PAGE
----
The average life span of Chinese people has increased by 36 years over the past fifty years, from 35 years in 1949 to 71 years today.
Before 1949, people were severely affected by epidemics and varieties of endemic due to the lack of medicare. Diseases such as cholera, smallpox, diphtheria, typhoid and malaria plagued the country and threatened many lives in the first half of the century.
According to incomplete statistics, when the People's Republic of China was just founded, there was 100,000 people infected by kala-azar, 600,000 by malaria and 1.7 million suffering from tuberculosis in north China's Hebei Province alone.
In the past 50 years, the nation has made great achievements in building up its medicare system, featuring low cost, wide coverage and high efficiency.
The mortality rate of women and infants has decreased by a large scale and the health care system further improved. The newborn mortality rate fell to 3.31 percent in 1997 from as high as 20 percent in the 1950s, below the average level of the world and the other developing countries. The rate of deaths for pregnant woman also decreased to 63.6 out of every 100,000 from the previous 1,500.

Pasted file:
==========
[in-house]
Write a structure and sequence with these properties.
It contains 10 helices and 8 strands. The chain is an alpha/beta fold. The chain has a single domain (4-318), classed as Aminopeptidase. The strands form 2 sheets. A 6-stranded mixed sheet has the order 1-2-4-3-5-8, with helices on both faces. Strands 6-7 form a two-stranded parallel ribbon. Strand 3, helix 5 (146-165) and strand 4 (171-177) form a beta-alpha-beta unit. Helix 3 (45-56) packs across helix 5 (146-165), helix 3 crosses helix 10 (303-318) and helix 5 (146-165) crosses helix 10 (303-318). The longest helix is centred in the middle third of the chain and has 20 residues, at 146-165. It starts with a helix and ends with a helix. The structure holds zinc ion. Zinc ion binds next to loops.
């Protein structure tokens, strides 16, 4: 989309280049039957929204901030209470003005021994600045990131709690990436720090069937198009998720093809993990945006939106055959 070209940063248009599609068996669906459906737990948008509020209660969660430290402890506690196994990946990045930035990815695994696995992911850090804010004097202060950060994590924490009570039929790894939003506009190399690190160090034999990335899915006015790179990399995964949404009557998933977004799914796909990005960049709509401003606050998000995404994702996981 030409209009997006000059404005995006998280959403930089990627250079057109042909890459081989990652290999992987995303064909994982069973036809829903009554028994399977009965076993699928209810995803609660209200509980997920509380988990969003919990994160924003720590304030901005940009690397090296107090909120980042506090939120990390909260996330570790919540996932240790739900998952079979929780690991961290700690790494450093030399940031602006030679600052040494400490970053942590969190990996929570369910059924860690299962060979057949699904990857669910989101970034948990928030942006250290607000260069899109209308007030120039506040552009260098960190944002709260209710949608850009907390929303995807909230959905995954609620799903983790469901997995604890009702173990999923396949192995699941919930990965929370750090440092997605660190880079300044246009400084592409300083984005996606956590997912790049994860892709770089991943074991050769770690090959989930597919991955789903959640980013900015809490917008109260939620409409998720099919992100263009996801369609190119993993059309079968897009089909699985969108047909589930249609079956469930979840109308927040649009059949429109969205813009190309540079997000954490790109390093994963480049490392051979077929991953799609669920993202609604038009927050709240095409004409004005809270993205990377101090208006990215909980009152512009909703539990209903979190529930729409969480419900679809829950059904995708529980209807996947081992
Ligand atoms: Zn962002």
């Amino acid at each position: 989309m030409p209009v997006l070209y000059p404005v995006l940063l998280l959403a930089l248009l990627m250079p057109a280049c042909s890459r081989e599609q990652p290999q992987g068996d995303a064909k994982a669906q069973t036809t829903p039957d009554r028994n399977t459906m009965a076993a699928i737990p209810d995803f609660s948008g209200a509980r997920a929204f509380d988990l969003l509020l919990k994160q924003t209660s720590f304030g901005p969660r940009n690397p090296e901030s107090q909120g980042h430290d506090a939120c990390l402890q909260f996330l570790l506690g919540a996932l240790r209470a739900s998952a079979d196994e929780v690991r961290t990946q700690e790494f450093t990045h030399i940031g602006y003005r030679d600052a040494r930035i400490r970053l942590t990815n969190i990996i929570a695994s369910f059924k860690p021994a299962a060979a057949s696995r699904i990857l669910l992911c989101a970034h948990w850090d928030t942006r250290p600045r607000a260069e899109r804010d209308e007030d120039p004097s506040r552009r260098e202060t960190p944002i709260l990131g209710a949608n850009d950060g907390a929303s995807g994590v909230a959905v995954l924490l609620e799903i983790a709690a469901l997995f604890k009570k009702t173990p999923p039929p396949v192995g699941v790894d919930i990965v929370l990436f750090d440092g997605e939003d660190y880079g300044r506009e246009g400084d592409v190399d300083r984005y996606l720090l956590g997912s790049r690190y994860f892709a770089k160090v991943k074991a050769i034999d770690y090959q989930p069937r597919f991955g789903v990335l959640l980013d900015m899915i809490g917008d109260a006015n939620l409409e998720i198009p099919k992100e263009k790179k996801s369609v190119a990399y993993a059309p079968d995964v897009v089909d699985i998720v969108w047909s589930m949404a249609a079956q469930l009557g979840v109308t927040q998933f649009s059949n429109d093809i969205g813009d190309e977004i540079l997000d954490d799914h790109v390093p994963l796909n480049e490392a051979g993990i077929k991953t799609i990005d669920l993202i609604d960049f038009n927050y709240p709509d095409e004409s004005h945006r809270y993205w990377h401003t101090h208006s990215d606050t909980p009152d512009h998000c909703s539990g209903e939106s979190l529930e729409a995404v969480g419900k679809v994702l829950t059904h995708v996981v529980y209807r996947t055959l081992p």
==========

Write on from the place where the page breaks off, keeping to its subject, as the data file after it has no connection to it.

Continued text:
The number of medical facilities and institutions amount to 310, 000, from 3,670 in 1949, with the berth number increasing to 3.15 million from 80,000. A health care and disease prevention network was set up within the vast rural area which effectively safeguarded the health of 900 million rural residents. From 1991 to 1998, investment in rural medical establishments totaled 14.6 billion yuan, and 71 percent of the facilities were completed.
Infectious diseases like smallpox and measles have been wiped out in China and chincough, diphtheria and poliomyelitis are under control. The incidence of contagious diseases dropped to 0.1948 percent in 1998 from 3.2 percent in the 1960s.